Yes, for many revelers, St. Patrick’s Day is a chance to drink green beer until they puke while decked out in as much “Kiss Me I’m Irish” paraphernalia as they could find. But as we come upon the Irish holiday, let us not forget that the cuisine of Ireland is worth celebrating as much as its Guinness. The hearty meals of the region are simple, delicious, and filling, not to mention easy to try at home. These recipes can be appreciated as the centerpiece of a quiet night in, or as a companion to endless shots of Irish Whiskey.
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A full Irish breakfast is like all your meals for the day (and then some) wrapped up into one, and if you’re planning on spending your St. Pat’s Day partying, then this is the base you need. But even those among us who will be spending the holiday like just another Thursday can appreciate the decadence of this traditional meal.
You’ll start with some porridge (for this we recommend Flahavan’s Irish Oatmeal). Then it’s time to fry up your eggs and four (yes, four!) different kinds of meats: black pudding, white pudding, bangers, and rashers. Throw in some baked beans, tomatoes, and mushrooms (ya know, for balance) and finish off with toast and jam. Now you’re ready to party! Or maybe just take a nap. Get the full recipe here.
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Legend goes that the original source of the Veda bread recipe was a Northern Irish housekeeper who accidentally used wheat that had gotten damp and sprouted, creating a malted wheat flour, and the bread that resulted was both sweet and nutty. We’re not sure if this story is true, but we’ll use it as inspiration to recreate the recipe nonetheless!
This recipe makes two loaves using three different types of flour, molasses, and barley malt extract along with typical bread ingredients. It takes about four hours from start to finish, so make sure to give yourself enough time to whip it up. Get the full recipe here.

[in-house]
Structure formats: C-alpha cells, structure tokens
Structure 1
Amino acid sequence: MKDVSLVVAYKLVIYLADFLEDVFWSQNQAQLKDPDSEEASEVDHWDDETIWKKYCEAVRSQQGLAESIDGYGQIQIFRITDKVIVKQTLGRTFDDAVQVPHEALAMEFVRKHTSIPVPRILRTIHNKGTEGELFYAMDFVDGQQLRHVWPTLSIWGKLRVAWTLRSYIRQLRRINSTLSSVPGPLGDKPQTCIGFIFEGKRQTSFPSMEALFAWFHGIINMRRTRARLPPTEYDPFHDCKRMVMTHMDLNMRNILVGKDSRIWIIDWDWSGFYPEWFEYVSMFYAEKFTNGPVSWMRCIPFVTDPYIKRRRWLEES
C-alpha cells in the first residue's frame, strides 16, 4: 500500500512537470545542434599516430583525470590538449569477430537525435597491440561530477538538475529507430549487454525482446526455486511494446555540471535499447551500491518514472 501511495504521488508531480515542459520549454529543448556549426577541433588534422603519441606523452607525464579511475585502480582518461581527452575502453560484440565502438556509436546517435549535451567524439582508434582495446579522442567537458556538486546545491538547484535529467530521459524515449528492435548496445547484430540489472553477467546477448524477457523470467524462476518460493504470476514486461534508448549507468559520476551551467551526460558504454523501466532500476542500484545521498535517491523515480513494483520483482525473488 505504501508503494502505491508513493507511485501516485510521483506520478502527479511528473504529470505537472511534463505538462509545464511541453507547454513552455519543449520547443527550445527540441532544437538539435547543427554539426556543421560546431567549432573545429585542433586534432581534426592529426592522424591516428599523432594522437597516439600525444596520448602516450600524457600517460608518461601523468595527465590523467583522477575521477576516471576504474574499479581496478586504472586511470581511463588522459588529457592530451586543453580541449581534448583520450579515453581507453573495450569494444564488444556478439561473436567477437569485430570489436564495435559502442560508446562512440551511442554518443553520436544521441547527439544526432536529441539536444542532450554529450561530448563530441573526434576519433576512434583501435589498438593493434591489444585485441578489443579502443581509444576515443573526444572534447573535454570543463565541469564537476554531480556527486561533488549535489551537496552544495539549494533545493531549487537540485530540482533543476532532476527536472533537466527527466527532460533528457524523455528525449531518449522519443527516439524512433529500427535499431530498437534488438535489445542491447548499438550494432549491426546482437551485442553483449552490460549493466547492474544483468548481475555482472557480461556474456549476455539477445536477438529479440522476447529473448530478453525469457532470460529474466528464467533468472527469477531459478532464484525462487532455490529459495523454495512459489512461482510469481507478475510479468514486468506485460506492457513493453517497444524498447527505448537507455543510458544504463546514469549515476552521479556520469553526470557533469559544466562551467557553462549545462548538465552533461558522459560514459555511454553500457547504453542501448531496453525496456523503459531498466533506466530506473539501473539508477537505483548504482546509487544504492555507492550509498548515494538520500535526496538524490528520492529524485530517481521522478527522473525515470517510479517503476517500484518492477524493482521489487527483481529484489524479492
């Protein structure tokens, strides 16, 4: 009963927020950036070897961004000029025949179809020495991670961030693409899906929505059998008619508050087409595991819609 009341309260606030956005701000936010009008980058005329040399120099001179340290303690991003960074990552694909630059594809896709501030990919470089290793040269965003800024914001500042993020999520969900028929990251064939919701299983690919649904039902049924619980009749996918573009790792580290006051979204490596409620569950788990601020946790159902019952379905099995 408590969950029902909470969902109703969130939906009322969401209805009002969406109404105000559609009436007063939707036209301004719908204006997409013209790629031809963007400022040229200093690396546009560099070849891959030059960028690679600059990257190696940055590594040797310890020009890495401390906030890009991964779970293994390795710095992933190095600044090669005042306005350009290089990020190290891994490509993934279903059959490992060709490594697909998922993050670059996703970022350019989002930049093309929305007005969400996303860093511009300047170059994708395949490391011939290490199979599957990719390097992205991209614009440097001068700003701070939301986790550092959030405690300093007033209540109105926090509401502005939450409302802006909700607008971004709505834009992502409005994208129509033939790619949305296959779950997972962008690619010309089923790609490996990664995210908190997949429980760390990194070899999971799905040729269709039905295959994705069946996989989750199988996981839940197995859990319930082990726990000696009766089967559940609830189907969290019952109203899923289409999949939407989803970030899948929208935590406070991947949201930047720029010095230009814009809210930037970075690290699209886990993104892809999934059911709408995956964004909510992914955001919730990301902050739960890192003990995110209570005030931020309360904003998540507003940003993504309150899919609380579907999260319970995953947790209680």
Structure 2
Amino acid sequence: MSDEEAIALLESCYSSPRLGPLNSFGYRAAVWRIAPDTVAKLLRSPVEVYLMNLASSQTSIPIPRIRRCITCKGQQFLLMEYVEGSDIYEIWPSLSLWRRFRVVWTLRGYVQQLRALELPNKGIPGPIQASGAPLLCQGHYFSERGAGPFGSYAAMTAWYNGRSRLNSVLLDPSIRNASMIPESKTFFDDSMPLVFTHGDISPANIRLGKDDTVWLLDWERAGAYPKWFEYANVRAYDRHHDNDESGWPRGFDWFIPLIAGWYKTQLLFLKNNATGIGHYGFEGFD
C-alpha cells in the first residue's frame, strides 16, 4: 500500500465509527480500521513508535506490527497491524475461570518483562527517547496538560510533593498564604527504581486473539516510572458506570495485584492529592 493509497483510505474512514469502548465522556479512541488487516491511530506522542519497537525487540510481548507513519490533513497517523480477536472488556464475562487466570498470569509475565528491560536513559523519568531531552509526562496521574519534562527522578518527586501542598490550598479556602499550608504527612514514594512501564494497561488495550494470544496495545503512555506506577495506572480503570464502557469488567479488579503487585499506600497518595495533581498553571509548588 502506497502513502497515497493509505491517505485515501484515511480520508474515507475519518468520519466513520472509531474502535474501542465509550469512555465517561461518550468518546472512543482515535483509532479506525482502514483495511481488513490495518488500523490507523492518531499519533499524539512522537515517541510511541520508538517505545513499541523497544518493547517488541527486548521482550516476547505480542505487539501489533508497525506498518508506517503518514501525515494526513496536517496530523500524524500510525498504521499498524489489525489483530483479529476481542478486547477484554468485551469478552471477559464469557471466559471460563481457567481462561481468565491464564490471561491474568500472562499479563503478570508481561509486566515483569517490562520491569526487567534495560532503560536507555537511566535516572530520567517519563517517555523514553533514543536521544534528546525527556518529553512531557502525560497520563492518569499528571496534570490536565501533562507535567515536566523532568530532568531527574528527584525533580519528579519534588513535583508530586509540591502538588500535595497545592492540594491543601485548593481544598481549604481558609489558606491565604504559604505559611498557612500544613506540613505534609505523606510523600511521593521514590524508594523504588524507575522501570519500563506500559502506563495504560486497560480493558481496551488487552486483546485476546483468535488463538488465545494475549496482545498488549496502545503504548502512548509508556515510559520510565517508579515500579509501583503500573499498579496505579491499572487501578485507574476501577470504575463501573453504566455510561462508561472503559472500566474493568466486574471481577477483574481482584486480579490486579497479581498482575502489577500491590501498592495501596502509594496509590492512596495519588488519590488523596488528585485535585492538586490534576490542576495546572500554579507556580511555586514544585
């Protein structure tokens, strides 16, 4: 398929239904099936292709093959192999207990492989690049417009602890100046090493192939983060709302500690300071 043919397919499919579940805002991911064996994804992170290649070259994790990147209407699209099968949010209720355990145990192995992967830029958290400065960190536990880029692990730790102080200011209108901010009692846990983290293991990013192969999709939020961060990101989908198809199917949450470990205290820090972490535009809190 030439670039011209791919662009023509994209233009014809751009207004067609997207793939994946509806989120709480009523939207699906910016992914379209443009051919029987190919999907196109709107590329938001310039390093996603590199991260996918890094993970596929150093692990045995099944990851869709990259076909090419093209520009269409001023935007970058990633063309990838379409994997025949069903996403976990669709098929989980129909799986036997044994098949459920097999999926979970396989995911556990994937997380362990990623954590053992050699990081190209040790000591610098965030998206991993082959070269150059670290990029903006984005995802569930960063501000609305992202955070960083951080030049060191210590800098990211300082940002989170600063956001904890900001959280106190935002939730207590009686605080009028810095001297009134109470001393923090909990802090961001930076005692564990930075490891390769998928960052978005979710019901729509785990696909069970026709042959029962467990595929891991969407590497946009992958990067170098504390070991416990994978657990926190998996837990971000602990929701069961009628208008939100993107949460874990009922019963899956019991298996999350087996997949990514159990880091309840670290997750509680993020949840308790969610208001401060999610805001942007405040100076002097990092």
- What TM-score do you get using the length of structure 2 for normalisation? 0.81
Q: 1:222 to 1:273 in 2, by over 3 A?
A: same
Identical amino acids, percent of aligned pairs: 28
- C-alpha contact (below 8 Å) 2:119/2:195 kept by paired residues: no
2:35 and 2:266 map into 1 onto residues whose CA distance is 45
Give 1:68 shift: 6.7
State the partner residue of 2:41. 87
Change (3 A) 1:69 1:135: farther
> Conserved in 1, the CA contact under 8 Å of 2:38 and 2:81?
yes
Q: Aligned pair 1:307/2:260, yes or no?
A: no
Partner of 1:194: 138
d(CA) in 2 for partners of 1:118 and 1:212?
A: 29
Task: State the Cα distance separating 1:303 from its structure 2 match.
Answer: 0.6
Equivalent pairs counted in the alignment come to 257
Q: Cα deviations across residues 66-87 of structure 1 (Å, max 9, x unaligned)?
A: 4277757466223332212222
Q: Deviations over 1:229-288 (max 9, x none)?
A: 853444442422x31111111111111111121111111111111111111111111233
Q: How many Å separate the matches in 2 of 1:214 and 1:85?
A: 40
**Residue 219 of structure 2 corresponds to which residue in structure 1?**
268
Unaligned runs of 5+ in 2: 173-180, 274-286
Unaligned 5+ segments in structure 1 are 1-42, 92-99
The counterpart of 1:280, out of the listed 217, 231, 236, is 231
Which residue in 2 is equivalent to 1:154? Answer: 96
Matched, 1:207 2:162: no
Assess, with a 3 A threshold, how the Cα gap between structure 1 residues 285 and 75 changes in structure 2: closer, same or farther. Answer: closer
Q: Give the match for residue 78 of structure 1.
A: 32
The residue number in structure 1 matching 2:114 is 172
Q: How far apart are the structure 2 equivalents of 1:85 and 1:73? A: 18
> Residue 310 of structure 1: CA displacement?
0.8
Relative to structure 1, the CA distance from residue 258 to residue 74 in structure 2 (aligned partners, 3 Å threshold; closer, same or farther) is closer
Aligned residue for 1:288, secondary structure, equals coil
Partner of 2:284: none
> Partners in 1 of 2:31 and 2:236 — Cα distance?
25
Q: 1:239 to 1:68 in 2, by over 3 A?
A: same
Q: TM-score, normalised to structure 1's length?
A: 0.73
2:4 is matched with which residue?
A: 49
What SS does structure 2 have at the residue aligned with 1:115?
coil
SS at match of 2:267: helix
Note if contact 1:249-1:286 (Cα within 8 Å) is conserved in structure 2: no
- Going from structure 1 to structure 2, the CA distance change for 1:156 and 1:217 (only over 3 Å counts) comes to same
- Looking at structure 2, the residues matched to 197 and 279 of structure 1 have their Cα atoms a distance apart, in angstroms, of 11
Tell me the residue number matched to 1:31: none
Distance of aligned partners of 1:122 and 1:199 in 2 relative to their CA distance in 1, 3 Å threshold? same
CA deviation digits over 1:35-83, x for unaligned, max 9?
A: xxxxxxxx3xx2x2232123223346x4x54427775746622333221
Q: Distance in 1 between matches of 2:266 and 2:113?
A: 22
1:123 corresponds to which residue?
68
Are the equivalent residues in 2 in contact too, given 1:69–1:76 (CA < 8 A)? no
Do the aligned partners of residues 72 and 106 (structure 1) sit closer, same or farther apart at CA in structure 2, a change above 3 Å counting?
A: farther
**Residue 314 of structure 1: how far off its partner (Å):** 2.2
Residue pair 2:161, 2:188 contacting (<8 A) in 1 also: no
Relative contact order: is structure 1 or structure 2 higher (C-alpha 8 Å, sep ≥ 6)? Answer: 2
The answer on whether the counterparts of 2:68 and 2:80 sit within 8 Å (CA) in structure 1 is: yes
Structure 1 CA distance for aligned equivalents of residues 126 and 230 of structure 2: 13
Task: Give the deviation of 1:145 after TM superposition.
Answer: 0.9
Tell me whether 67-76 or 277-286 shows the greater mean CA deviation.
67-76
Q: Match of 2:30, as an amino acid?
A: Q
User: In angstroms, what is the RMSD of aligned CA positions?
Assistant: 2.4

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Akin to the long-cooked French pot-au-feu, Dublin coddle stars sturdy vegetables and inexpensive meats simmered in water until a fragrant and heady broth steams forth. Coddle implies homey comfort, a favorite warming dinner made with ingredients readily within reach of an Irish cook: sausage, bacon, onions, and potatoes.
This is a one-pot recipe that can be altered as you go—this is a home cook’s dish and can be changed with any flourishes you like. Once you’ve eaten all the meats and chunky vegetables, don’t throw away any leftover broth; it can be used for future soups. The coddle just keeps on giving. Get the full recipe here.
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Jigg’s Dinner is classic comfort food is a variation on a traditional Irish boiled dinner of corned beef and cabbage with a few variations that make it uniquely Canadian (hey, our friends to the north can celebrate Irish heritage, too!). There are two very unique components to the Jigg’s Dinner of Newfoundland: the puddings. A traditional Jigg’s Dinner always includes pease pudding, and often some version of figgy duff. Pickled beets, cranberry sauce, and mustard pickles are also common, but not strictly necessary.